St Mary's Church

437 Parnell Road, Parnell, Auckland

  • St Mary's Church. Image courtesy of commons.wikimedia.org.
    Copyright: Gadfium Wikimedia Commons. Taken By: Gadfium. Date: 17/01/2006.
  • St Mary's Church. Image courtesy of www.flickr.com.
    Copyright: peteshep©. Taken By: peteshep©. Date: 12/10/2012.
  • St Mary's Church. Images courtesy of www.flickr.com.
    Copyright: peteshep©. Taken By: peteshep©. Date: 12/10/2012.

List Entry Information

List Entry Status Registered List Entry Type Historic Place Category 1
List Number 21 Date Entered 26th November 1981

Locationopen/close

City/District Council

Auckland Council (Auckland City Council)

Region

Auckland Region

Legal description

Lot 3 DP 73377 Pt Allot 34A Sec 3 Subs of AK

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Construction Professionalsopen/close

Mountfort, Benjamin Woolfield

Benjamin Woolfield Mountfort (1825-98) trained as an architect in England, in the office of Richard Cromwell Carpenter, a member of the Cambridge Camden Society (later the Ecclesiological Society). He arrived in Canterbury in 1850.

Mountfort was New Zealand's pre-eminent Gothic Revival architect and, according to architectural historian Ian Lochhead, 'did most to shape the architectural character of nineteenth-century Christchurch.' The buildings he designed were almost exclusively in the Gothic Revival style.

During his career he designed many churches and additions to churches; those still standing include the Trinity Congregational Church in Christchurch (1874), St Mary's Church in Parnell, Auckland and the Church of the Good Shepherd in Phillipstown, Christchurch (1884). In 1857 he became the first architect to the province of Canterbury. He designed the Canterbury Provincial Council Buildings in three stages from 1858 to 1865. The stone chamber of this building can be considered the greatest accomplishment of his career. He was involved in many important commissions from the 1870s, including the Canterbury Museum (1869-82) and the Clock-tower Block on the Canterbury College campus (1876-77). He was also involved in the construction of Christchurch's Cathedral and made several major modifications to the original design.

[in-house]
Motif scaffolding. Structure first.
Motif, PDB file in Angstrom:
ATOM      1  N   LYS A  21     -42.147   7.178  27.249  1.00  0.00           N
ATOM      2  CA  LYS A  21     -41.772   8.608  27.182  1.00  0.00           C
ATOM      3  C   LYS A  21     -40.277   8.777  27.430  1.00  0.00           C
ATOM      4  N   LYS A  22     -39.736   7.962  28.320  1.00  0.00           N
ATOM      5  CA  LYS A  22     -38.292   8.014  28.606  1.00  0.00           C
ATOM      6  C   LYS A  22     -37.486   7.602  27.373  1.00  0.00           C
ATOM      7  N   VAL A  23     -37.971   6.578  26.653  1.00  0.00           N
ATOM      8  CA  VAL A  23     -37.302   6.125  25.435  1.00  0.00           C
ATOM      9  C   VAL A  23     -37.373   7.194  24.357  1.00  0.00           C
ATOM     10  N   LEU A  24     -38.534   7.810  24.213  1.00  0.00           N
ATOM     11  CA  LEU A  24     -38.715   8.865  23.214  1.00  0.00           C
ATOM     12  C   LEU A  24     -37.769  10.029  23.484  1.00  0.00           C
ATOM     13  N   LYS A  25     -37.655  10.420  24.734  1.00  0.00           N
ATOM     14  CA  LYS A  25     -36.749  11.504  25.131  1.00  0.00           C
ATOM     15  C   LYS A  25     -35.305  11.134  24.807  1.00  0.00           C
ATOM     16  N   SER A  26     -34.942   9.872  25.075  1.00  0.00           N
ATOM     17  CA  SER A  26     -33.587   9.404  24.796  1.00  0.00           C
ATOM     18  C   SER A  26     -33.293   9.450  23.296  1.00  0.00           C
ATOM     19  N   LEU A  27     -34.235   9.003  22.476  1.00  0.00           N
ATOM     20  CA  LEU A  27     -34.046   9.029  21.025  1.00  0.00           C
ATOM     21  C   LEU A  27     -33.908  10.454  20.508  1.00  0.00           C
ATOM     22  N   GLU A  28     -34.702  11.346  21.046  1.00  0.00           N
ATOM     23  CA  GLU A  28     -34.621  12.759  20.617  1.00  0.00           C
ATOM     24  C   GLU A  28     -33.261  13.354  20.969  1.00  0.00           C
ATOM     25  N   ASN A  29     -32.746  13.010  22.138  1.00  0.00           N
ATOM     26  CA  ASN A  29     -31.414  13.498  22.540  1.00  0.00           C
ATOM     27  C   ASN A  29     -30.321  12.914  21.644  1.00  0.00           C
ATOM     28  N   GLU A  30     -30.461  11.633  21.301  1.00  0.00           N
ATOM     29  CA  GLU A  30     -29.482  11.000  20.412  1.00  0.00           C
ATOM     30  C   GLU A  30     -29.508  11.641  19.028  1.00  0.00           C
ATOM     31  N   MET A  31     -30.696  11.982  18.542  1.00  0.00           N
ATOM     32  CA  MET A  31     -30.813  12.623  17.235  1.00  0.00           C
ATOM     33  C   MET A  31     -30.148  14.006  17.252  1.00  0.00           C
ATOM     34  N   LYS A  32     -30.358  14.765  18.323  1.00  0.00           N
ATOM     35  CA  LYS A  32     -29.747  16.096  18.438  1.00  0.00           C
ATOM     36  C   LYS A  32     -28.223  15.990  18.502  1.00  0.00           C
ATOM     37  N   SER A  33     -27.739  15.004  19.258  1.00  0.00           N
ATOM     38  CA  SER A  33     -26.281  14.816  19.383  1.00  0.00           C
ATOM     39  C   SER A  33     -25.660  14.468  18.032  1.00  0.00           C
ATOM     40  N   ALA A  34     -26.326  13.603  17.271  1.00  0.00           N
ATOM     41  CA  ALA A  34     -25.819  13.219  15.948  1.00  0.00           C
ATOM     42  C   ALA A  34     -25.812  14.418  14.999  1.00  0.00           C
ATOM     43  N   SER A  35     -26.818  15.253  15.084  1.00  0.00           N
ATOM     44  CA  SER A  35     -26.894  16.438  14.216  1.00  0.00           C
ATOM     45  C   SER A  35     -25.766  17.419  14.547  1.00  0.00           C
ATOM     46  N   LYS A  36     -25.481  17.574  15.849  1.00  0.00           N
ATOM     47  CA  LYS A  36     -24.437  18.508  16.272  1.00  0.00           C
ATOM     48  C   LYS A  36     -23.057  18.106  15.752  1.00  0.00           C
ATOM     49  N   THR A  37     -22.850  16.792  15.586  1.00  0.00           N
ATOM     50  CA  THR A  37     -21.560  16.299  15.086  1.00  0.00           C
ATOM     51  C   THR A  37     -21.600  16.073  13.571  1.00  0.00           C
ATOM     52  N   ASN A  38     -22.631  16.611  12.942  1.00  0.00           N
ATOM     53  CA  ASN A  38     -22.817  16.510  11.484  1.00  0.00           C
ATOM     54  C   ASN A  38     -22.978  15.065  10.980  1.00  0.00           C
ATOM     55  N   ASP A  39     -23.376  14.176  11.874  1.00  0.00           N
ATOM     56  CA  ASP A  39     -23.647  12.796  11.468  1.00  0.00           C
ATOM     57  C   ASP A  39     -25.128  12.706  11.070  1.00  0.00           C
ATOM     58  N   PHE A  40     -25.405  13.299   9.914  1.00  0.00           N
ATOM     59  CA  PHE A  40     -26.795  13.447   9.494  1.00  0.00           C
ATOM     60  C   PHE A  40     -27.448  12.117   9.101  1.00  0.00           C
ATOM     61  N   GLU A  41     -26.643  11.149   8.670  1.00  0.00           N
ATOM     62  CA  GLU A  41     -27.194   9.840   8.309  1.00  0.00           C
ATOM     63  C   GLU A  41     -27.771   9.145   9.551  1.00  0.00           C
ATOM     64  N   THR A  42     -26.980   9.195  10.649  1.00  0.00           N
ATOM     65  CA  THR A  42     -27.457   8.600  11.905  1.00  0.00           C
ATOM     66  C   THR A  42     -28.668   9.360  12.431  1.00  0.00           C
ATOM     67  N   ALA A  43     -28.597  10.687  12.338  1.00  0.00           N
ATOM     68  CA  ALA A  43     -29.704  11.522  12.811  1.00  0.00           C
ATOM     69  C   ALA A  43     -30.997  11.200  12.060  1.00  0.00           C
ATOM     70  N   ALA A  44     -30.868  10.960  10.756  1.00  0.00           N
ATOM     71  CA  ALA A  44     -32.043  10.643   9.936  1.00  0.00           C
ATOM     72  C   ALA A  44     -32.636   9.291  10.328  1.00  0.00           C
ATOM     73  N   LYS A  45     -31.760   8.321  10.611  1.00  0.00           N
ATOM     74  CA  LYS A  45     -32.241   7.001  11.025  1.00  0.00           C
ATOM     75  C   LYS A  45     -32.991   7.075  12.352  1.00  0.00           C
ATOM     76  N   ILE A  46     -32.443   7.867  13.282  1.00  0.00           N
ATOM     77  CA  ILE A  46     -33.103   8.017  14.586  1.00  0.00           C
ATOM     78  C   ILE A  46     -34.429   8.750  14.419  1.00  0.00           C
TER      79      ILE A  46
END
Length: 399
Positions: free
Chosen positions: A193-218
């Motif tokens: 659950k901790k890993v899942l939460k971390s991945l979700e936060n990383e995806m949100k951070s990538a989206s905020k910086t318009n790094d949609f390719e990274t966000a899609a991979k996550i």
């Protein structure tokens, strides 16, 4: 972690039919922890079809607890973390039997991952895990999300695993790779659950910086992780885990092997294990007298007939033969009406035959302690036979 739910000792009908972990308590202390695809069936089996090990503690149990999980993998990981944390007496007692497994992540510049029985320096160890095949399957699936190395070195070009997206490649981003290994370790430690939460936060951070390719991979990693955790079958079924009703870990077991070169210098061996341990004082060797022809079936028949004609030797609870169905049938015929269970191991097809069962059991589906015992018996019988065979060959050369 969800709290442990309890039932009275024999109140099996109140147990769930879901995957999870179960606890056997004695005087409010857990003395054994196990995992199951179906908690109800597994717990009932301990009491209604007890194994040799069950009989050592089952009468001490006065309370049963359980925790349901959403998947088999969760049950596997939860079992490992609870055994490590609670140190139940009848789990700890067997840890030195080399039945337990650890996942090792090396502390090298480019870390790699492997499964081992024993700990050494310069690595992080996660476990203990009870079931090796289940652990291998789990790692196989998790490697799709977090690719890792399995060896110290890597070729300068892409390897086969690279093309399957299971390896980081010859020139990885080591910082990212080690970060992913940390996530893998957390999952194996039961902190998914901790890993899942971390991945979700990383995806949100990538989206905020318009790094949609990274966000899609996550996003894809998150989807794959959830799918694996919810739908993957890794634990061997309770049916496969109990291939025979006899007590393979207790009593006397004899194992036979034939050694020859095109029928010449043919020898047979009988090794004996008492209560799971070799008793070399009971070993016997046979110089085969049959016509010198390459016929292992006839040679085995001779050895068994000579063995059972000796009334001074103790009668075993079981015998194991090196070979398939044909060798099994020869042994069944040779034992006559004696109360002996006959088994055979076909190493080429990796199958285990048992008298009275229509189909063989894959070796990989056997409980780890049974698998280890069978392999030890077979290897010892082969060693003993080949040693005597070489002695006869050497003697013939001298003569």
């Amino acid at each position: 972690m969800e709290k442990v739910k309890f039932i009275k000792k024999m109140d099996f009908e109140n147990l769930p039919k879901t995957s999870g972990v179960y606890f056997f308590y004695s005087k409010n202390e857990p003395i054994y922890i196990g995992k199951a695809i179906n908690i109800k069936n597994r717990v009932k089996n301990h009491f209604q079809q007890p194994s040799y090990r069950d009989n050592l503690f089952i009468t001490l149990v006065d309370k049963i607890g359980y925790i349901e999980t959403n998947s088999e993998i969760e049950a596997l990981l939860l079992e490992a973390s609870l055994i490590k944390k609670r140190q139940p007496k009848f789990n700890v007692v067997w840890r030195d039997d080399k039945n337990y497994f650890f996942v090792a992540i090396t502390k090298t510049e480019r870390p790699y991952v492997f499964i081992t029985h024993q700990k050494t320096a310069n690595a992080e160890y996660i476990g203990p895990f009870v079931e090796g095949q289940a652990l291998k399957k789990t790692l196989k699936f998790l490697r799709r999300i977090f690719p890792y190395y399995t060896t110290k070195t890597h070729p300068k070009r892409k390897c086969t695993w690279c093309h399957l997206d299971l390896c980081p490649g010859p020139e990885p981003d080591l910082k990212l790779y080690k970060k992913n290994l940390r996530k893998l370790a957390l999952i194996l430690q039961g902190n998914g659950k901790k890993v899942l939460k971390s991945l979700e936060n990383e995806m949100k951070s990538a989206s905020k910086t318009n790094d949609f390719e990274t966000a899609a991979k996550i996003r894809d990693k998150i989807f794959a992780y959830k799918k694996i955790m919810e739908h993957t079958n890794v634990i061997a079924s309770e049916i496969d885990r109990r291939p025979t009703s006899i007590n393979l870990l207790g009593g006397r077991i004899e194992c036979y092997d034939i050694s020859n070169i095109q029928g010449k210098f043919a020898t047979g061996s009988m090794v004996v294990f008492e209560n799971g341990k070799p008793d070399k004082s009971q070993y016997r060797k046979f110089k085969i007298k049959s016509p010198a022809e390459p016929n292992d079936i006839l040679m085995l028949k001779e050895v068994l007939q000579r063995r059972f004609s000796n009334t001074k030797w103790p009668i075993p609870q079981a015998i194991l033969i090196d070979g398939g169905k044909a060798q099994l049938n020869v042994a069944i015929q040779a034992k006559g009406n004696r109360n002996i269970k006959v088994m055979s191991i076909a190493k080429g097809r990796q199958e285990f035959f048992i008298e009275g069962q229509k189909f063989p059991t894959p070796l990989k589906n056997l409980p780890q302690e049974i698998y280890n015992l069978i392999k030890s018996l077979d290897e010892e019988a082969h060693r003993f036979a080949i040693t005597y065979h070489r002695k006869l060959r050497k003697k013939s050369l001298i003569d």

Mountfort introduced a number of High Victorian elements to New Zealand architecture, such as the use of constructional polychromy, probably first used in New Zealand in the stone tower of the Canterbury Provincial Government Buildings (1859). Overall, his oeuvre reveals a consistent and virtually unerring application of Puginian principles including a commitment to the Gothic style, honest use of materials and picturesque utility. The result was the construction of inventive and impressive buildings of outstanding quality. He died in Christchurch in 1898. A belfry at the Church of the Good Shepherd in Phillipstown, the church he attended for the last ten years of his life, was erected in his honour.